In the context of some painful recent deals, BDDP GGT’s merger
appears both to have been handled professionally and sensitively, and to
be the most logical.
BST never quite lived up to the promise of its illustrious founders.
Those with longer memories will recall their confident pledge in October
1990 not to take on business with less than pounds 4 million of
billings. Yes, 1990 seems a long time ago. Dave Trott’s style sat
uneasily with that of the former Saatchis boys. It was no surprise that
the partnership ended the year after the merger with Miller & Leeves
WAHT. While the agency’s creative work never caught fire, Sharkey and
Bainsfair proved to be two of the smartest businesspeople running a top
GGT has long flattered to deceive. There have been many memorable
campaigns, from Toshiba, Holsten and Ariston, to Cadbury’s Flake,
Capital Radio and John Smith’s. However, client leakage cancelled out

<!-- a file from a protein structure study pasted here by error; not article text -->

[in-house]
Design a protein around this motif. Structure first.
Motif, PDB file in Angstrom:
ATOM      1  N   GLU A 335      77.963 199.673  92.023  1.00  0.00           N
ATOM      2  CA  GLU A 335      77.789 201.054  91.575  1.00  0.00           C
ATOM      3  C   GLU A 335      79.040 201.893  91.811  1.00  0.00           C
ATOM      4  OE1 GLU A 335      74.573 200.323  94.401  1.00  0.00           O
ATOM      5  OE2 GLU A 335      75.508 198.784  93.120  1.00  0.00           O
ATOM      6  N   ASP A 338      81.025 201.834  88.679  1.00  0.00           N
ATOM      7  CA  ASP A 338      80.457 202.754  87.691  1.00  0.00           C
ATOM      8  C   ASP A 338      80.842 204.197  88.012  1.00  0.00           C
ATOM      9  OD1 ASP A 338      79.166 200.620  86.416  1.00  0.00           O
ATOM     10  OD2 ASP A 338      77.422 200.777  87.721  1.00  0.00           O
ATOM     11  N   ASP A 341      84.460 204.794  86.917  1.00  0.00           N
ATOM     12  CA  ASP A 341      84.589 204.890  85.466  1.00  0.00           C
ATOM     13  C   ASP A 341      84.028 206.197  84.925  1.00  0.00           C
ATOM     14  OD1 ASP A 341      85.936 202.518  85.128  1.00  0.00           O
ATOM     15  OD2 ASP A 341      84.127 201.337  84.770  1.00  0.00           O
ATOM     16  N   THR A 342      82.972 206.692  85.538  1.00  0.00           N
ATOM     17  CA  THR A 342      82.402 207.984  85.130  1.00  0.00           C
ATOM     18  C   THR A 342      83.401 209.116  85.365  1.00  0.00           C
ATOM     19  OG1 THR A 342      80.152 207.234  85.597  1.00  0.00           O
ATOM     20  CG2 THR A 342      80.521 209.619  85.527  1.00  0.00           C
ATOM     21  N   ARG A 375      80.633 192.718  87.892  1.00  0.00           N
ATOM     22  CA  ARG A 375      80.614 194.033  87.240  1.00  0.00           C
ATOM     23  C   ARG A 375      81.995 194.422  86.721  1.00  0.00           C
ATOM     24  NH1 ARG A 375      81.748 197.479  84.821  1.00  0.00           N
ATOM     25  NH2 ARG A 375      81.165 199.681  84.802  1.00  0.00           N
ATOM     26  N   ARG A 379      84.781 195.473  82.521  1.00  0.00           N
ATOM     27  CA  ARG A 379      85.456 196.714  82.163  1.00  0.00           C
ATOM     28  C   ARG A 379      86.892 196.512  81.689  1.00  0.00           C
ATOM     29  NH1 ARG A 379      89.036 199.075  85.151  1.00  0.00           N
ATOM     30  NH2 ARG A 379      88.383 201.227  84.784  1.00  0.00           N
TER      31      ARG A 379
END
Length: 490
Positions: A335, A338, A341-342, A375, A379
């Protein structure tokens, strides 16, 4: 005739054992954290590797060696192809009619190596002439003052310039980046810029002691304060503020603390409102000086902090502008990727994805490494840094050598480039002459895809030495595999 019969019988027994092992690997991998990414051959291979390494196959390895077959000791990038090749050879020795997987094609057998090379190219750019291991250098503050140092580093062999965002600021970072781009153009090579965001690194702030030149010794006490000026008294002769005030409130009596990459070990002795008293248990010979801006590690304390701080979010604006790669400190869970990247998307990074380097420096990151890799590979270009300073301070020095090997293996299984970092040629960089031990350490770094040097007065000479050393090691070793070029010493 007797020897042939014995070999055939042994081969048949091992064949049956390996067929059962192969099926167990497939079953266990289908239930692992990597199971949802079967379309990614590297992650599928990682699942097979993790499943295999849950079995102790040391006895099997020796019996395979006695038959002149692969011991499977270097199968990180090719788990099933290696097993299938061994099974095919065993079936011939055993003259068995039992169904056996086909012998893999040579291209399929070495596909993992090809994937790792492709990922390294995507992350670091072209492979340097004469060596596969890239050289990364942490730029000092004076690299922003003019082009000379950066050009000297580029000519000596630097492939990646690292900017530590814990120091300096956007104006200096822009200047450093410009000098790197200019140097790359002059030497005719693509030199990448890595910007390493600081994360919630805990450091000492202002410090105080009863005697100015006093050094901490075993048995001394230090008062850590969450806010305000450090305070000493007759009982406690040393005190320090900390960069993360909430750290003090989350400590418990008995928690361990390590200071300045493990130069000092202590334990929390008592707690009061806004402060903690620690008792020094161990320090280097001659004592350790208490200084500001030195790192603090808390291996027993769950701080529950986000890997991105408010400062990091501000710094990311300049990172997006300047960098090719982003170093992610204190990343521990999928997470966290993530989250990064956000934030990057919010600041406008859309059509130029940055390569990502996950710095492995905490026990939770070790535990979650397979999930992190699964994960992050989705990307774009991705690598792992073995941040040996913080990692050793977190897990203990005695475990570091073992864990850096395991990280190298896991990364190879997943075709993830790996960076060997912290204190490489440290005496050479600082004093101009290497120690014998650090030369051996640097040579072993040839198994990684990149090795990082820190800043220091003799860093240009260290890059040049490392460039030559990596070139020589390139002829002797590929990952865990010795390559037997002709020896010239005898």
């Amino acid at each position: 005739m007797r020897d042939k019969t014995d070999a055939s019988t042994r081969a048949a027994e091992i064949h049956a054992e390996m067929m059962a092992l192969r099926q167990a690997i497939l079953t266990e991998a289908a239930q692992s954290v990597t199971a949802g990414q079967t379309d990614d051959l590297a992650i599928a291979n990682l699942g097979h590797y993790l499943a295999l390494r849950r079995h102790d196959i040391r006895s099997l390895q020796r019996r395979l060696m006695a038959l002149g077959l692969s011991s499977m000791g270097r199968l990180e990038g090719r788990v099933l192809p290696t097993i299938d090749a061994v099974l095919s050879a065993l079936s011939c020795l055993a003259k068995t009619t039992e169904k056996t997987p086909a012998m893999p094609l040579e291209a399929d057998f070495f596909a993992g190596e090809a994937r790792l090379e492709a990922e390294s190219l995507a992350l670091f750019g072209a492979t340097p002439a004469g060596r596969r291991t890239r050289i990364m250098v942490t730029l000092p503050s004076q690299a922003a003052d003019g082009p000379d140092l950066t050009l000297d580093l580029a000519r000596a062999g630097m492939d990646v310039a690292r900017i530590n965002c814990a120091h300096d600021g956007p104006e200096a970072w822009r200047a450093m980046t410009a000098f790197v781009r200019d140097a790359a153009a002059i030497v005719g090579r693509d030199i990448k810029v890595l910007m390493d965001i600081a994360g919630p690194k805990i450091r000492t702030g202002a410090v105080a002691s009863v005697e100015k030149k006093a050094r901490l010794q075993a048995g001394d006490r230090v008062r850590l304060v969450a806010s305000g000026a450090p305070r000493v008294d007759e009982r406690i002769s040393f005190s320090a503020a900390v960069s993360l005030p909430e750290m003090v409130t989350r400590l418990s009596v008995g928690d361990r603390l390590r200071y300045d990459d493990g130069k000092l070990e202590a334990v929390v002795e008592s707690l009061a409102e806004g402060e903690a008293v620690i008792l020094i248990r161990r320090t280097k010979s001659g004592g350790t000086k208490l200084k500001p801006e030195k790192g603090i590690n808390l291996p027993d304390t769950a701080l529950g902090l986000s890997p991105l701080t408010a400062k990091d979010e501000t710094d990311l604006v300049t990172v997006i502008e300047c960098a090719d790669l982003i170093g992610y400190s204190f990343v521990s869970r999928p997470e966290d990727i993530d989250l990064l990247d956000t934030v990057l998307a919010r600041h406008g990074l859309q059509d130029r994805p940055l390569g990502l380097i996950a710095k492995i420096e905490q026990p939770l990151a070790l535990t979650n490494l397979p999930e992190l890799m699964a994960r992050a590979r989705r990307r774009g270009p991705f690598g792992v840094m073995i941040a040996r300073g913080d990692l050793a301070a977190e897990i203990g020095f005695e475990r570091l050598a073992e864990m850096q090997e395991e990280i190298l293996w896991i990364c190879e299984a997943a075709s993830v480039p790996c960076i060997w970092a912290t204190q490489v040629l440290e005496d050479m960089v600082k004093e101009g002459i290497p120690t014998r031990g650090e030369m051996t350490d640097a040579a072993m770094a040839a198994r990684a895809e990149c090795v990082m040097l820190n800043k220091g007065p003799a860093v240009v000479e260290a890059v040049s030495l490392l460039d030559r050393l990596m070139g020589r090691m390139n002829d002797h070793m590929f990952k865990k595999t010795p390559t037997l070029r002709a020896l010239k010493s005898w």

its ability to win new business and the shop was not profitable enough.
It never broke through to the top rank of Abbott Mead Vickers BBDO or
Lowe Howard-Spink. This is a situation GGT plc could not allow to
Yes, the cultures are different but not impossibly so, particularly
given that GGT already has a new creative director with a very strong,
very different personality to his predecessors. Much will hang on the
way Sharkey and Bainsfair spark with Beattie. Grant Duncan’s managing
director role will also be crucial in seeing both sets of staff through
what inevitably will be a traumatic period.
For Mike Greenlees, this merger is a lot less controversial than his
bold swoop on the BDDP network in the first place. Some of his peers
have been expecting it all to fall apart ever since. So much now hangs
on the performance of not just Wells Rich Greene in New York, but his
other consistently underrated agencies.This merger is a step in the
right direction to building his desired international network. But only